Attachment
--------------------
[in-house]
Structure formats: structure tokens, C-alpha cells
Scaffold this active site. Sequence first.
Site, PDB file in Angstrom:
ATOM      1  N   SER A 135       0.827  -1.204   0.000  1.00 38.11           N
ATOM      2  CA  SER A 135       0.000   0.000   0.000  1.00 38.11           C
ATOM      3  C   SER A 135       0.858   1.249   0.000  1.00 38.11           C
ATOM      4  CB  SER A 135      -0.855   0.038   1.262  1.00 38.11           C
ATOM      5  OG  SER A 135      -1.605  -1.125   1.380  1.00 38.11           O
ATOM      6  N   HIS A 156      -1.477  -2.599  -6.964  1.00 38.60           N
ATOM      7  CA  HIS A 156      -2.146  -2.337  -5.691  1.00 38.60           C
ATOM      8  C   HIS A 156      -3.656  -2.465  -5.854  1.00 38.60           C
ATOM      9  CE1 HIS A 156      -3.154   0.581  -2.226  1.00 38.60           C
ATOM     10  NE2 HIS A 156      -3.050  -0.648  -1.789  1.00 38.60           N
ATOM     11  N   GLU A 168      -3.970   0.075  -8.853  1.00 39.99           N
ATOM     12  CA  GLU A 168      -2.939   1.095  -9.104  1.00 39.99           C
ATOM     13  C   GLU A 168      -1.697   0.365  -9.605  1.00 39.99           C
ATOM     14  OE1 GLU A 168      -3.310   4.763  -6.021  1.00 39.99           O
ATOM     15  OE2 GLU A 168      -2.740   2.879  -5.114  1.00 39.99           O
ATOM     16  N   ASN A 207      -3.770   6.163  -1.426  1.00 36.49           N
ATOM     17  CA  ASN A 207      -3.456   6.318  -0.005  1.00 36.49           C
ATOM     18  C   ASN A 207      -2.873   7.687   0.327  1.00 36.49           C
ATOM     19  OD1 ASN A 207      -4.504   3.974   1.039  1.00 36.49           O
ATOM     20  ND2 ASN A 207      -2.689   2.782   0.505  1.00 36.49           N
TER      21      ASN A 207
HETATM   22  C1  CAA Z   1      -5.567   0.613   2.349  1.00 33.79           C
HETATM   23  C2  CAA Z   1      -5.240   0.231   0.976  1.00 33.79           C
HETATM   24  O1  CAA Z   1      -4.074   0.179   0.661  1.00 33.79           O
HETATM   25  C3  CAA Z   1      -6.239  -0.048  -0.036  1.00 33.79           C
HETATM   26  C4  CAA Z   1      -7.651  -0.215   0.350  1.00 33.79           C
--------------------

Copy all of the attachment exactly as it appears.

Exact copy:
[in-house]
Structure formats: structure tokens, C-alpha cells
Scaffold this active site. Sequence first.
Site, PDB file in Angstrom:
ATOM      1  N   SER A 135       0.827  -1.204   0.000  1.00 38.11           N
ATOM      2  CA  SER A 135       0.000   0.000   0.000  1.00 38.11           C
ATOM      3  C   SER A 135       0.858   1.249   0.000  1.00 38.11           C
ATOM      4  CB  SER A 135      -0.855   0.038   1.262  1.00 38.11           C
ATOM      5  OG  SER A 135      -1.605  -1.125   1.380  1.00 38.11           O
ATOM      6  N   HIS A 156      -1.477  -2.599  -6.964  1.00 38.60           N
ATOM      7  CA  HIS A 156      -2.146  -2.337  -5.691  1.00 38.60           C
ATOM      8  C   HIS A 156      -3.656  -2.465  -5.854  1.00 38.60           C
ATOM      9  CE1 HIS A 156      -3.154   0.581  -2.226  1.00 38.60           C
ATOM     10  NE2 HIS A 156      -3.050  -0.648  -1.789  1.00 38.60           N
ATOM     11  N   GLU A 168      -3.970   0.075  -8.853  1.00 39.99           N
ATOM     12  CA  GLU A 168      -2.939   1.095  -9.104  1.00 39.99           C
ATOM     13  C   GLU A 168      -1.697   0.365  -9.605  1.00 39.99           C
ATOM     14  OE1 GLU A 168      -3.310   4.763  -6.021  1.00 39.99           O
ATOM     15  OE2 GLU A 168      -2.740   2.879  -5.114  1.00 39.99           O
ATOM     16  N   ASN A 207      -3.770   6.163  -1.426  1.00 36.49           N
ATOM     17  CA  ASN A 207      -3.456   6.318  -0.005  1.00 36.49           C
ATOM     18  C   ASN A 207      -2.873   7.687   0.327  1.00 36.49           C
ATOM     19  OD1 ASN A 207      -4.504   3.974   1.039  1.00 36.49           O
ATOM     20  ND2 ASN A 207      -2.689   2.782   0.505  1.00 36.49           N
TER      21      ASN A 207
HETATM   22  C1  CAA Z   1      -5.567   0.613   2.349  1.00 33.79           C
HETATM   23  C2  CAA Z   1      -5.240   0.231   0.976  1.00 33.79           C
HETATM   24  O1  CAA Z   1      -4.074   0.179   0.661  1.00 33.79           O
HETATM   25  C3  CAA Z   1      -6.239  -0.048  -0.036  1.00 33.79           C
HETATM   26  C4  CAA Z   1      -7.651  -0.215   0.350  1.00 33.79           C